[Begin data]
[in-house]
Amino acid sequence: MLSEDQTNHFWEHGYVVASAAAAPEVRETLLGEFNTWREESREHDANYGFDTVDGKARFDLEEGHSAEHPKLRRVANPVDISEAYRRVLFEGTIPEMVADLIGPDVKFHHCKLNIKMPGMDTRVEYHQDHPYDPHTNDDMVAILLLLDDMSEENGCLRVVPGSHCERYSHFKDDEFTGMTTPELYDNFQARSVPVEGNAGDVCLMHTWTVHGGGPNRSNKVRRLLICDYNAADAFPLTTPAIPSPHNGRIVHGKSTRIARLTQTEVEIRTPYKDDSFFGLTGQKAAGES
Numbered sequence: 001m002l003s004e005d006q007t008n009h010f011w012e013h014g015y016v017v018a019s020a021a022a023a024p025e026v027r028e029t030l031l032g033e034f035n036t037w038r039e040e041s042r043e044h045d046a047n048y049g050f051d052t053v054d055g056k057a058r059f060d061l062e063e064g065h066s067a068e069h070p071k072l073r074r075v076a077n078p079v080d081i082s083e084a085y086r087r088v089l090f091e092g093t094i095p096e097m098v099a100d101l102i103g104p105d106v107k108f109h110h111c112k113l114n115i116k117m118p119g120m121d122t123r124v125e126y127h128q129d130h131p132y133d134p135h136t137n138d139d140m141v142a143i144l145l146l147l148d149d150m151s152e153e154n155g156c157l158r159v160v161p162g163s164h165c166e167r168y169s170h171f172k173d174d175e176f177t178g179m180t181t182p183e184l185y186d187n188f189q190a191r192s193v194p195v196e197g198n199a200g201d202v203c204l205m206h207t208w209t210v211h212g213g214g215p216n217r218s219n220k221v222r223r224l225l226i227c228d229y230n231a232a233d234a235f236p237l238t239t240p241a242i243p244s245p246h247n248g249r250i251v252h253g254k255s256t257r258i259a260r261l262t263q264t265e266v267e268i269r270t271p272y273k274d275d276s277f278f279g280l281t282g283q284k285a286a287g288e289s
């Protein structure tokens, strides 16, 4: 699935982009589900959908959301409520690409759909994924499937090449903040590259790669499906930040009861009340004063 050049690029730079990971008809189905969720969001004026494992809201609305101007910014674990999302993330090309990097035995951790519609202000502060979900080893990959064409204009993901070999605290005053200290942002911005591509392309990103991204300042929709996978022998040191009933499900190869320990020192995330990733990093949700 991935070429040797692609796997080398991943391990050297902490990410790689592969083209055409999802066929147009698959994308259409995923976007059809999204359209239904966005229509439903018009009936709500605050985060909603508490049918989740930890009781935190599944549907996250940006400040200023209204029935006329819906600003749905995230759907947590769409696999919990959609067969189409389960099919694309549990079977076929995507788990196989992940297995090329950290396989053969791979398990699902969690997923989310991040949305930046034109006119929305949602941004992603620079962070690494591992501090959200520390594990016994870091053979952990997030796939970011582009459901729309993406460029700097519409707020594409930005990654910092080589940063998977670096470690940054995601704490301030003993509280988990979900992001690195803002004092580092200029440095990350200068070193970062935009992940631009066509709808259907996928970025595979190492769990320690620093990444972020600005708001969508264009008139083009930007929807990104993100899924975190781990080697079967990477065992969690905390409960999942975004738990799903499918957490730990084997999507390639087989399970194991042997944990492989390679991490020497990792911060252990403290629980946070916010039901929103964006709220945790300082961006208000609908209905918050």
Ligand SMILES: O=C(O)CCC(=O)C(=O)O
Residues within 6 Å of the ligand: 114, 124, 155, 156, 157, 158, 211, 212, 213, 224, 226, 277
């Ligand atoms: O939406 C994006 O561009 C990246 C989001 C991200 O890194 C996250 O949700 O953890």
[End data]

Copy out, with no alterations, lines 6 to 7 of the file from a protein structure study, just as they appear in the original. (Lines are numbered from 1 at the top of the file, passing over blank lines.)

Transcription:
Residues within 6 Å of the ligand: 114, 124, 155, 156, 157, 158, 211, 212, 213, 224, 226, 277
């Ligand atoms: O939406 C994006 O561009 C990246 C989001 C991200 O890194 C996250 O949700 O953890």